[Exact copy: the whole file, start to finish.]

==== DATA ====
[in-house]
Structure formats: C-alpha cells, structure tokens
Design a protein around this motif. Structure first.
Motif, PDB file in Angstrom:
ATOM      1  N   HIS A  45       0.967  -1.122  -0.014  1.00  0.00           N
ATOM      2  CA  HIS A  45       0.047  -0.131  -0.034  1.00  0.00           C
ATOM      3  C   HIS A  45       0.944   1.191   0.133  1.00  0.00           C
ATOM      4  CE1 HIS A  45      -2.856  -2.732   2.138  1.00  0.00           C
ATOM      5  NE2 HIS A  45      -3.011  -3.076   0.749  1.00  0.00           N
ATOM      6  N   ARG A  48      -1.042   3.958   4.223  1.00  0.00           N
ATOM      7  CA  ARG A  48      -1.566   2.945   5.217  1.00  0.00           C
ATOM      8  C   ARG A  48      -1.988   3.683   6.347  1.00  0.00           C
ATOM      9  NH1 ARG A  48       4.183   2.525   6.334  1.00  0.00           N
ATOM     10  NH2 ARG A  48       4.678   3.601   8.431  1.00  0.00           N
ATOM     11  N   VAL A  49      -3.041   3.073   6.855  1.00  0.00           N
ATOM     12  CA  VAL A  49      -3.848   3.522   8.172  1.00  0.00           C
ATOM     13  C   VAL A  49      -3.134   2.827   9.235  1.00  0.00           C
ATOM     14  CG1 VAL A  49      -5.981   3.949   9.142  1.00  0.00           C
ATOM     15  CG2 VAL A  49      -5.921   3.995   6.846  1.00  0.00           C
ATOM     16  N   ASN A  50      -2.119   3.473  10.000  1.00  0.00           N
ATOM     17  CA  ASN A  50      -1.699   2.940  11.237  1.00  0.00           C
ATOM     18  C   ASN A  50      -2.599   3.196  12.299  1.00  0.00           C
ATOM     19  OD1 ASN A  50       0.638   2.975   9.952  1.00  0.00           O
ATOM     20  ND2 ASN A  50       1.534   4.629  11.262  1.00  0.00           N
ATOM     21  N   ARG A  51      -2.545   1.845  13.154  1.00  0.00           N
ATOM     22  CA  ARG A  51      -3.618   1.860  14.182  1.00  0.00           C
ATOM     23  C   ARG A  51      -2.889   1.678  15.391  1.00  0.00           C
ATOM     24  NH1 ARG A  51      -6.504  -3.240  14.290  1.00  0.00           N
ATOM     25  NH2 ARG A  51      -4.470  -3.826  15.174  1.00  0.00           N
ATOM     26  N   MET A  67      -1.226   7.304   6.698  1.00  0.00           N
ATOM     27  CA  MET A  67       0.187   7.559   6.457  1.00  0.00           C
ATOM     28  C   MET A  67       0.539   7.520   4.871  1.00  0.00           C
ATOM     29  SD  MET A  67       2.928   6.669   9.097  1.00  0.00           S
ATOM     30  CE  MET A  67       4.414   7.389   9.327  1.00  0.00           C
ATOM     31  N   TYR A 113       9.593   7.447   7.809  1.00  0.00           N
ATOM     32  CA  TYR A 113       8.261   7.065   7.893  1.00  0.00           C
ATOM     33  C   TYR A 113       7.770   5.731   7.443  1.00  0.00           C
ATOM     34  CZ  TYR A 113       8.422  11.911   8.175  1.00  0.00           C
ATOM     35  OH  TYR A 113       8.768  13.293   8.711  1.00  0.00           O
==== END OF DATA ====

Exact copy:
[in-house]
Structure formats: C-alpha cells, structure tokens
Design a protein around this motif. Structure first.
Motif, PDB file in Angstrom:
ATOM      1  N   HIS A  45       0.967  -1.122  -0.014  1.00  0.00           N
ATOM      2  CA  HIS A  45       0.047  -0.131  -0.034  1.00  0.00           C
ATOM      3  C   HIS A  45       0.944   1.191   0.133  1.00  0.00           C
ATOM      4  CE1 HIS A  45      -2.856  -2.732   2.138  1.00  0.00           C
ATOM      5  NE2 HIS A  45      -3.011  -3.076   0.749  1.00  0.00           N
ATOM      6  N   ARG A  48      -1.042   3.958   4.223  1.00  0.00           N
ATOM      7  CA  ARG A  48      -1.566   2.945   5.217  1.00  0.00           C
ATOM      8  C   ARG A  48      -1.988   3.683   6.347  1.00  0.00           C
ATOM      9  NH1 ARG A  48       4.183   2.525   6.334  1.00  0.00           N
ATOM     10  NH2 ARG A  48       4.678   3.601   8.431  1.00  0.00           N
ATOM     11  N   VAL A  49      -3.041   3.073   6.855  1.00  0.00           N
ATOM     12  CA  VAL A  49      -3.848   3.522   8.172  1.00  0.00           C
ATOM     13  C   VAL A  49      -3.134   2.827   9.235  1.00  0.00           C
ATOM     14  CG1 VAL A  49      -5.981   3.949   9.142  1.00  0.00           C
ATOM     15  CG2 VAL A  49      -5.921   3.995   6.846  1.00  0.00           C
ATOM     16  N   ASN A  50      -2.119   3.473  10.000  1.00  0.00           N
ATOM     17  CA  ASN A  50      -1.699   2.940  11.237  1.00  0.00           C
ATOM     18  C   ASN A  50      -2.599   3.196  12.299  1.00  0.00           C
ATOM     19  OD1 ASN A  50       0.638   2.975   9.952  1.00  0.00           O
ATOM     20  ND2 ASN A  50       1.534   4.629  11.262  1.00  0.00           N
ATOM     21  N   ARG A  51      -2.545   1.845  13.154  1.00  0.00           N
ATOM     22  CA  ARG A  51      -3.618   1.860  14.182  1.00  0.00           C
ATOM     23  C   ARG A  51      -2.889   1.678  15.391  1.00  0.00           C
ATOM     24  NH1 ARG A  51      -6.504  -3.240  14.290  1.00  0.00           N
ATOM     25  NH2 ARG A  51      -4.470  -3.826  15.174  1.00  0.00           N
ATOM     26  N   MET A  67      -1.226   7.304   6.698  1.00  0.00           N
ATOM     27  CA  MET A  67       0.187   7.559   6.457  1.00  0.00           C
ATOM     28  C   MET A  67       0.539   7.520   4.871  1.00  0.00           C
ATOM     29  SD  MET A  67       2.928   6.669   9.097  1.00  0.00           S
ATOM     30  CE  MET A  67       4.414   7.389   9.327  1.00  0.00           C
ATOM     31  N   TYR A 113       9.593   7.447   7.809  1.00  0.00           N
ATOM     32  CA  TYR A 113       8.261   7.065   7.893  1.00  0.00           C
ATOM     33  C   TYR A 113       7.770   5.731   7.443  1.00  0.00           C
ATOM     34  CZ  TYR A 113       8.422  11.911   8.175  1.00  0.00           C
ATOM     35  OH  TYR A 113       8.768  13.293   8.711  1.00  0.00           O